Advertising rates for websites?

I am looking to put ads on my site eventually and wondering what are good rates. I hear there are both impressions and click through rates. I will have probably google adspace and also dedicated ad space for certain clients. is there a site i can go to to see regular rates? I realize I have to take into account number of hits (unique visitors) but I cannot find much info on this. thanks in advance!

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  • 1 decade ago
    Favorite Answer

    I am the Business Development manager for OneCall.com. You are looking for too clean of an answer. The rates very wildly.

    Here are some things to consider:

    1. What Google Rank does your site have?

    2. What industry are you in?

    3. What keywords does your site rank well on?

    4. Are you an ecommerce site, content site, blog, etc?

    5. What is in it for the advertiser?

    6. What is your site demographic?

    7. How well do your visitors convert?

    8. What are your competitors charging?

    9. How much would Google AdSense pay you on a CPC basis?

    10. and many many more.

    Put together a strong set of reasons an advertiser would want to buy space on your site. Do a lot more homework.

    David Payne

    OneCall.com

    http://www.onecall.com/

  • 1 decade ago

    Well, if you are putting Search results ads up there, like AdSense, they will have to be relevant to the content on your site. And those are based on clicks. So whenever someone clicks on the ad on your site, you get paid the going rate of that ad. The marketplace is always changing for them, but the higher the profit that a company will make on the product (or related keyword) being sold, the more advertisers are generally willing to pay per click.

    I really don't know too much about banner ads on a site, but they the model is that you get paid based on how many impressions you serve, ie how many unique hits you are getting on your site. This is a little harder to implement, as you need to show potential advertisers that you get a lot of good traffic on your site, and they should therefore pay you. AdSense is nice because you can start getting ads on your site right away. Then all you need is the traffic!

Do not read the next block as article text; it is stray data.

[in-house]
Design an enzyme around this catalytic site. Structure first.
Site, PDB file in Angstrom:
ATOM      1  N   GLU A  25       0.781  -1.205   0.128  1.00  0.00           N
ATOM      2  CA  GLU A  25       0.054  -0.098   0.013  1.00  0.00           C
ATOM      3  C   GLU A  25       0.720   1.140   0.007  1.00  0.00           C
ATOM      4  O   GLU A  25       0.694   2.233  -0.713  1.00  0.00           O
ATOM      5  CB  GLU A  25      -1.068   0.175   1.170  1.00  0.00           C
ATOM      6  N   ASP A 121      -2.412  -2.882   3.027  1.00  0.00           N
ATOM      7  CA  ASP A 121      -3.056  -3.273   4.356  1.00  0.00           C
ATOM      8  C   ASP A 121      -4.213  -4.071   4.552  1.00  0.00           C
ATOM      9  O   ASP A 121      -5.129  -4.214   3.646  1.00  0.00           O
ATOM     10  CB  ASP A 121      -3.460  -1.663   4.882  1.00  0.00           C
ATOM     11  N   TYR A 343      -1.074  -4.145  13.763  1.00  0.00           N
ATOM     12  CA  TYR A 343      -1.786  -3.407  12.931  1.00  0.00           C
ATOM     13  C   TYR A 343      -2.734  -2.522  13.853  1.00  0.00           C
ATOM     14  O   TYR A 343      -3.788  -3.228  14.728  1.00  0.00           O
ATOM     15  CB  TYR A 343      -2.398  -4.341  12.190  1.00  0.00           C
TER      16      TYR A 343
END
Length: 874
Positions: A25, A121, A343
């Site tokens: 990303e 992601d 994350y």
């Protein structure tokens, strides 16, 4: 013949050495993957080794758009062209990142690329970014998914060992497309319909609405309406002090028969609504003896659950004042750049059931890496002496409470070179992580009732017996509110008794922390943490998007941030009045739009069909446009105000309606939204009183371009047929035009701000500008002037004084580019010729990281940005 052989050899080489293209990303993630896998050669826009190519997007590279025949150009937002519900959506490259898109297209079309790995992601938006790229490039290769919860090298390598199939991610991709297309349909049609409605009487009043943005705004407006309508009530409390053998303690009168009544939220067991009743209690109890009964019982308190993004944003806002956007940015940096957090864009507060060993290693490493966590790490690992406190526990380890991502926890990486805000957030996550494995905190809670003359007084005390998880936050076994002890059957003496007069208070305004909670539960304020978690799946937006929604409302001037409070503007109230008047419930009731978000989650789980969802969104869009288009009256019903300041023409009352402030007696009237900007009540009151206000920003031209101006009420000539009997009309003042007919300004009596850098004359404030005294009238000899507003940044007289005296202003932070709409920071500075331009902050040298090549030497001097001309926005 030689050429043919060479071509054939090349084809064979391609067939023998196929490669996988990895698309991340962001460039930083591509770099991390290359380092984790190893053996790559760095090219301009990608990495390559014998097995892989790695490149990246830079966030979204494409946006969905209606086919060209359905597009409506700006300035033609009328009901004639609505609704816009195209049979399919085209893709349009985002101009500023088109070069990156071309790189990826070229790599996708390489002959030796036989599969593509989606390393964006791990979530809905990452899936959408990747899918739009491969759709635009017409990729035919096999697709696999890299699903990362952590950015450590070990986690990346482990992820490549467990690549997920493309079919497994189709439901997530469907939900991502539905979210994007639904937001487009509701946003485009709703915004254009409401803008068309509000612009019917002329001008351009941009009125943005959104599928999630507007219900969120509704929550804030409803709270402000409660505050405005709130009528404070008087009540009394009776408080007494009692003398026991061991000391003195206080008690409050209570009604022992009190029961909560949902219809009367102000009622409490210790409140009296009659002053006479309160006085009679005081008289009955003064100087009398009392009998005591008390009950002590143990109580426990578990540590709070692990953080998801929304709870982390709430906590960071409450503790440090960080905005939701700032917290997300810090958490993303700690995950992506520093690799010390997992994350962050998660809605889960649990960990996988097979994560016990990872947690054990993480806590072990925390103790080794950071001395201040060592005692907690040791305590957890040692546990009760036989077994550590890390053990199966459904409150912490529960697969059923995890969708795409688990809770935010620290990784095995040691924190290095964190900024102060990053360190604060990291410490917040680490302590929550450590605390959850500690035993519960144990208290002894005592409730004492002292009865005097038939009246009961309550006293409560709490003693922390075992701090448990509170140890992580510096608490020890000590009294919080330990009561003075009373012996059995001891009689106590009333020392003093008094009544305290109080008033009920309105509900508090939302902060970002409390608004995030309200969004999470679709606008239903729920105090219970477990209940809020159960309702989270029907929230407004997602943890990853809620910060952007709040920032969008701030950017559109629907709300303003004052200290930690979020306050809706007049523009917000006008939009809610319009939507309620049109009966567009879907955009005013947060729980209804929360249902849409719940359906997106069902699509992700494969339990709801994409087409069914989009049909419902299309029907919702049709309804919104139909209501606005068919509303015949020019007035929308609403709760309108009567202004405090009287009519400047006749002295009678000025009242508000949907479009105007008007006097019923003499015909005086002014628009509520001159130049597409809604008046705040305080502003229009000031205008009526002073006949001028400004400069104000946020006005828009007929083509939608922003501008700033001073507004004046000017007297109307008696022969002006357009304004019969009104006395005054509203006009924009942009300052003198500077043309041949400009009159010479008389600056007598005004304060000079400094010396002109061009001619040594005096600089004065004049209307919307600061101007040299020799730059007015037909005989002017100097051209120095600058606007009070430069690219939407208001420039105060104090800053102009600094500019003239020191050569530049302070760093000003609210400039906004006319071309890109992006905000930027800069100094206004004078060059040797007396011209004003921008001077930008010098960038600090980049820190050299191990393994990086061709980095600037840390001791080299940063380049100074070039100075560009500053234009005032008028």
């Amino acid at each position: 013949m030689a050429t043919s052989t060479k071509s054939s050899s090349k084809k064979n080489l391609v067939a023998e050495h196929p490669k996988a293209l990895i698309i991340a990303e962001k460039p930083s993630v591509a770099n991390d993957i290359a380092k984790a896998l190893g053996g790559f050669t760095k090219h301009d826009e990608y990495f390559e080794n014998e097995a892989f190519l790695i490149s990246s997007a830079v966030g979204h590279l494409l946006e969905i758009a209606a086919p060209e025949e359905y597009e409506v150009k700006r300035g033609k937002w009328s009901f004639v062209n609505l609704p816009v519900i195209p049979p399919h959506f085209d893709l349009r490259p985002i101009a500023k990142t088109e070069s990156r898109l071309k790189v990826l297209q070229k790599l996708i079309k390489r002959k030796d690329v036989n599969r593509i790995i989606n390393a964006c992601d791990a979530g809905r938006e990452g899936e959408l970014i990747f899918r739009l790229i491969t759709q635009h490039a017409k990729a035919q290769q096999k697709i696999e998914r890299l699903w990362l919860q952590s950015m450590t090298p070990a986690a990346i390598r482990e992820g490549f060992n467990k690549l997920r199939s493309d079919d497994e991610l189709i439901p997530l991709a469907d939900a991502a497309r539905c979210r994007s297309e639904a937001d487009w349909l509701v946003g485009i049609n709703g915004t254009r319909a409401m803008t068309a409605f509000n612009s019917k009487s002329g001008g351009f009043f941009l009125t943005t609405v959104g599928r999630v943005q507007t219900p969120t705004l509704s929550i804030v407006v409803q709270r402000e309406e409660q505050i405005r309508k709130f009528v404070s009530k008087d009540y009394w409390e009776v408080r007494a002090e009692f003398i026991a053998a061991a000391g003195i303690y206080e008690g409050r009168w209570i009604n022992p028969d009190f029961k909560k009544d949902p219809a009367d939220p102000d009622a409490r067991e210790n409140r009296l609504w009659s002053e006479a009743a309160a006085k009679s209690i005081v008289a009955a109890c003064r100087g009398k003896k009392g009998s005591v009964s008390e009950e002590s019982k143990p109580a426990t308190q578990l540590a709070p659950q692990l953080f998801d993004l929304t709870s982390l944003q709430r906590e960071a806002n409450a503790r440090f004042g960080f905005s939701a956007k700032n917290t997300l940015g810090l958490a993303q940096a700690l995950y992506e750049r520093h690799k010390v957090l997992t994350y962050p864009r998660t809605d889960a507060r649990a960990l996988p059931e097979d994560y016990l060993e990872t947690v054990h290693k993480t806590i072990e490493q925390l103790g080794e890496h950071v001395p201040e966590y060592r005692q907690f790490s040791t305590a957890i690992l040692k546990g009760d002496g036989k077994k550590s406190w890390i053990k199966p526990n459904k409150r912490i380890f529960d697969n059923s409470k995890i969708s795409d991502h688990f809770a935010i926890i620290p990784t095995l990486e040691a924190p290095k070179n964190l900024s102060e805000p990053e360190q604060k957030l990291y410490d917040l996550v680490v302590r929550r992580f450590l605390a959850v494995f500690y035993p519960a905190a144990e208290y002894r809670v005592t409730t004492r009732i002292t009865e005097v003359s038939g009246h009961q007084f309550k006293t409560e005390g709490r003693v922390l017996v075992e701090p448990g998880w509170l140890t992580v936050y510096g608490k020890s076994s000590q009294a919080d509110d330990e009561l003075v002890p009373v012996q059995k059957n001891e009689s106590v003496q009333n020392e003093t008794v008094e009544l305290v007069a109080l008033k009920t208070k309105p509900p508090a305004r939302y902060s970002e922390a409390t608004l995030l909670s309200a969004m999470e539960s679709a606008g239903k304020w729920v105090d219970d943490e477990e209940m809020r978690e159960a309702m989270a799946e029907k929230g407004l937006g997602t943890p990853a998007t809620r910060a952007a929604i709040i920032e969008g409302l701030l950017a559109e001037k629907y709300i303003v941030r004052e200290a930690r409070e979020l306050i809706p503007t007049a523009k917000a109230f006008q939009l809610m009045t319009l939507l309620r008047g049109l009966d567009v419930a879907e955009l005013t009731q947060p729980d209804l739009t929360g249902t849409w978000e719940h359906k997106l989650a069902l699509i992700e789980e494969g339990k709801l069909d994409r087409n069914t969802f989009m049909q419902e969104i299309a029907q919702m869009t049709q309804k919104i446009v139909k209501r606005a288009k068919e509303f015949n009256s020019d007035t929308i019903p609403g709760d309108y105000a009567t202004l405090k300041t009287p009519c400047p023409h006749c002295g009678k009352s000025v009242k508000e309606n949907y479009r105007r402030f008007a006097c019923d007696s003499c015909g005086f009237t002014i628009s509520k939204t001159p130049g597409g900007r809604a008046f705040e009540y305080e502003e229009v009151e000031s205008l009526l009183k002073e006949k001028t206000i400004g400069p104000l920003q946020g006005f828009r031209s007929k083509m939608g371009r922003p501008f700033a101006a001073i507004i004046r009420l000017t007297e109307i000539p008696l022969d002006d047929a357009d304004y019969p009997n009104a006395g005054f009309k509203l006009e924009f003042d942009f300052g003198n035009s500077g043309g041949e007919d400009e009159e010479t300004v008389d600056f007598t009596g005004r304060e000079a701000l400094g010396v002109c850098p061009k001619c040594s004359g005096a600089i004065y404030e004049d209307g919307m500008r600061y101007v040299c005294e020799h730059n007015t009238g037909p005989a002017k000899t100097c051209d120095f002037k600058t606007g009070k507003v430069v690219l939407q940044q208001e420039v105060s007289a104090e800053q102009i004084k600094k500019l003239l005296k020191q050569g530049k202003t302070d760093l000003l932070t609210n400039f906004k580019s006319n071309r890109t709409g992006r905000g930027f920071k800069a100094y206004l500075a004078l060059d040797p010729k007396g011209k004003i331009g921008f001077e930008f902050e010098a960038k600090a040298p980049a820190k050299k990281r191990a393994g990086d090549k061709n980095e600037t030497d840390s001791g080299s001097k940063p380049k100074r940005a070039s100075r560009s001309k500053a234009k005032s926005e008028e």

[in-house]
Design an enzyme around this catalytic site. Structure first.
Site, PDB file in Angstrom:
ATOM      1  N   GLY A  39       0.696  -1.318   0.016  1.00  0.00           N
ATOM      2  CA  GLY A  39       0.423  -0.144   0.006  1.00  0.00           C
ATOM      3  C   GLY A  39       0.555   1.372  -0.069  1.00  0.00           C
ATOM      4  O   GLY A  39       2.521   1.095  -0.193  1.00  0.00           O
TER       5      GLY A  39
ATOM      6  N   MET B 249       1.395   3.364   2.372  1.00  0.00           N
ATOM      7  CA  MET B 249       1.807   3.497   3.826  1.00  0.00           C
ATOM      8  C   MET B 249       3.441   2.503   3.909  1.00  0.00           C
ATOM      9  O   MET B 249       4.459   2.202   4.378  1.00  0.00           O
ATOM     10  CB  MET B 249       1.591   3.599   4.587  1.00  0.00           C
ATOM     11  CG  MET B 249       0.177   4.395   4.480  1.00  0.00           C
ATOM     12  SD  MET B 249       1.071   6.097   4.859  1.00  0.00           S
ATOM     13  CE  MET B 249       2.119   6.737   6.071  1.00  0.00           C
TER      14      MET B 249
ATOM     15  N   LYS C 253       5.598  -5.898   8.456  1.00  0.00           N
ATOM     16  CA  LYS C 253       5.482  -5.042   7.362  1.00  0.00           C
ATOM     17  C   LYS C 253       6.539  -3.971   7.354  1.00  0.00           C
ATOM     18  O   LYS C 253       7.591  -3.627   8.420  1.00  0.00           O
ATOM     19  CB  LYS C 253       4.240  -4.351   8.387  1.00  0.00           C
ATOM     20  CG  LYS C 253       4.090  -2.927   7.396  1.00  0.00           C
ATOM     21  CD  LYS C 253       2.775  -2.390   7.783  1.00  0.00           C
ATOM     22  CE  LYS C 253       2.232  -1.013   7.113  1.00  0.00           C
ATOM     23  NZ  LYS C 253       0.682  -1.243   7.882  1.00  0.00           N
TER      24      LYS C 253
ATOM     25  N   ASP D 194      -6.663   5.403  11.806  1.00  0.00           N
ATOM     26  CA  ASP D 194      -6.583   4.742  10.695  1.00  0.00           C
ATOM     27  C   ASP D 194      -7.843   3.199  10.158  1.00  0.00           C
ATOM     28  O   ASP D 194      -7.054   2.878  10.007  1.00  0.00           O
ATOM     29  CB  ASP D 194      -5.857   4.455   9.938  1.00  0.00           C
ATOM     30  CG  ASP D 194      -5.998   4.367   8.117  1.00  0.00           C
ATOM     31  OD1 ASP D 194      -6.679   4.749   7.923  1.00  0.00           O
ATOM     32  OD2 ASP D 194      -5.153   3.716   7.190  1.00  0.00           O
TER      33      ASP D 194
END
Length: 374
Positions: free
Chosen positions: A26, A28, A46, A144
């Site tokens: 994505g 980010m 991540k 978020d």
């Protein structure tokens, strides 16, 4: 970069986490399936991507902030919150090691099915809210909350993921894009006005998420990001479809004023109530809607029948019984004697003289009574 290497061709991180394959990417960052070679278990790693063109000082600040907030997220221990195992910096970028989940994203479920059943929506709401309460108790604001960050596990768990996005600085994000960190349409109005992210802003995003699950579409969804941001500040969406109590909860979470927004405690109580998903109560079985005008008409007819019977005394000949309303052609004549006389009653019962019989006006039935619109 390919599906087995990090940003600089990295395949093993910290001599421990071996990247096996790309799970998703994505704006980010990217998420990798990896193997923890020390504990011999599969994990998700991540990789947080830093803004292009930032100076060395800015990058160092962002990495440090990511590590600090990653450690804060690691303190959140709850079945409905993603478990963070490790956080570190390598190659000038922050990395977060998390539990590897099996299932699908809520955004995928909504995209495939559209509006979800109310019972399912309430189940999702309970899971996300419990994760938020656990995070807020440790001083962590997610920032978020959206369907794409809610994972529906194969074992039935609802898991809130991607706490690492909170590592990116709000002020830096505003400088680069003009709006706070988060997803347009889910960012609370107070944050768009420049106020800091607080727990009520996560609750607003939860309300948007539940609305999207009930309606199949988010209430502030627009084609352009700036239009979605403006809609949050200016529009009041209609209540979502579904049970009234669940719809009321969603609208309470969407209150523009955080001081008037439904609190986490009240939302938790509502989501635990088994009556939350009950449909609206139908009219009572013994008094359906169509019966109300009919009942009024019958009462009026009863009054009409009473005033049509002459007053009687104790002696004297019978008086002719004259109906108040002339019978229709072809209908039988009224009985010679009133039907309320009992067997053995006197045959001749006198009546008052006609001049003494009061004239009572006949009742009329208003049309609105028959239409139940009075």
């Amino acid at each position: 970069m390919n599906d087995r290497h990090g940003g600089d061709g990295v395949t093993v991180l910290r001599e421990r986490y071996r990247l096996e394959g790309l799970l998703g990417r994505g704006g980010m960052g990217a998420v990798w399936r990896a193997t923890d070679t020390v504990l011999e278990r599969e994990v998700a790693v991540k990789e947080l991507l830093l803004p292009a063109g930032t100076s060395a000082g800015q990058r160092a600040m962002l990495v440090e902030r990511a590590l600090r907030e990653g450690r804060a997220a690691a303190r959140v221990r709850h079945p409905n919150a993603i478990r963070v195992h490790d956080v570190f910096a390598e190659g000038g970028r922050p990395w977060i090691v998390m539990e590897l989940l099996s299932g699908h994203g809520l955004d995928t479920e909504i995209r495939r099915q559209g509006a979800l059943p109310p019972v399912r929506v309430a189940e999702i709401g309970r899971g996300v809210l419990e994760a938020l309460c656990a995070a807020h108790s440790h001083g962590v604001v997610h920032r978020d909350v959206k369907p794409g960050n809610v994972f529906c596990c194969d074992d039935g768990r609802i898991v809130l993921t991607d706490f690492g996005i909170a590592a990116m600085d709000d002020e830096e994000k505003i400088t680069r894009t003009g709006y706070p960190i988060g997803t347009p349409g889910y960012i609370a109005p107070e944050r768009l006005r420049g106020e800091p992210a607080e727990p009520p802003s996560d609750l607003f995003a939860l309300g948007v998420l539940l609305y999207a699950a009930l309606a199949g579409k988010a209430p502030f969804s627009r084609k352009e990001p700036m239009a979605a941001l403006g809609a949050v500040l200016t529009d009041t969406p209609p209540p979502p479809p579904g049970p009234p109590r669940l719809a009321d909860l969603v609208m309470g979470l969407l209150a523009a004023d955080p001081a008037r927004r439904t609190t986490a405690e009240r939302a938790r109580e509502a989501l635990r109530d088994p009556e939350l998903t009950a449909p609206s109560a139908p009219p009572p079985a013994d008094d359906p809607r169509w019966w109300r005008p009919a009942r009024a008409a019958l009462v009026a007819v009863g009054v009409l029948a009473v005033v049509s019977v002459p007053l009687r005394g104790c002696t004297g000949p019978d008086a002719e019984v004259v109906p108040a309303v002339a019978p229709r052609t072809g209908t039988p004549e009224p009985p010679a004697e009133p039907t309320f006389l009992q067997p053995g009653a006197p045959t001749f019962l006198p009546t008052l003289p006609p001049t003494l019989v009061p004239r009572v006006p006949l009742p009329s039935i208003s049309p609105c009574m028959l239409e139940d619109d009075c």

Source(s): A bunch of things - but mainly by experience from my site - www.aprilfoolsrules.com :)
  • 1 decade ago

    I used to sell internet advertising (just last month infact) and the prices vary widely. What you want to focus on in any advertising sales is the ROI to the client. If you get 1,000 pageviews/month and 500 are unique sessions, then you can say you have an audience of approx. 1,000 people with 50% being added every month. That will give you an approx value for the client. If the client's product sells for $100 ea. and they sell approx. 1 out of 10 lookers then they can potentially make $1,000/mo from your site. For an annual contract then it would be worth it for them to invest (since most businesses want to make bet. 2 & 6 times there money back ) $400/mo for these results. However you can ask for more if you can track how many contacts they get buy making sure they buy a "submittal" form that submitts the requests for services from your website via a form. check out

    www.tulsacelebrations.com and look at Ti Amos in the Rehearsal Dinner portion. Remeber the name of the game is how many potential viewers versus actual shoppers.

  • 1 decade ago

    CPM and CPC are really the only rates. Those rates you put a bid in for it. So if you want to pay say 5 cents per click on a certain key word(s) then that is what you will pay unless the bid goes up. Yahoo is good for that and Google adsense too. You might want to check out entireweb.com. They have a straight price for advertising instead of a click through rates.

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  • combes
    Lv 4
    4 years ago

    in the experience that your rates are heavily greater much low-priced than maximum, then i could advise you place the expenses on the region. the main amazing reason web content do not checklist their promoting rates is that somebody would not undercut them. If their opposition do not know the fees, it makes it harder for them to compete.

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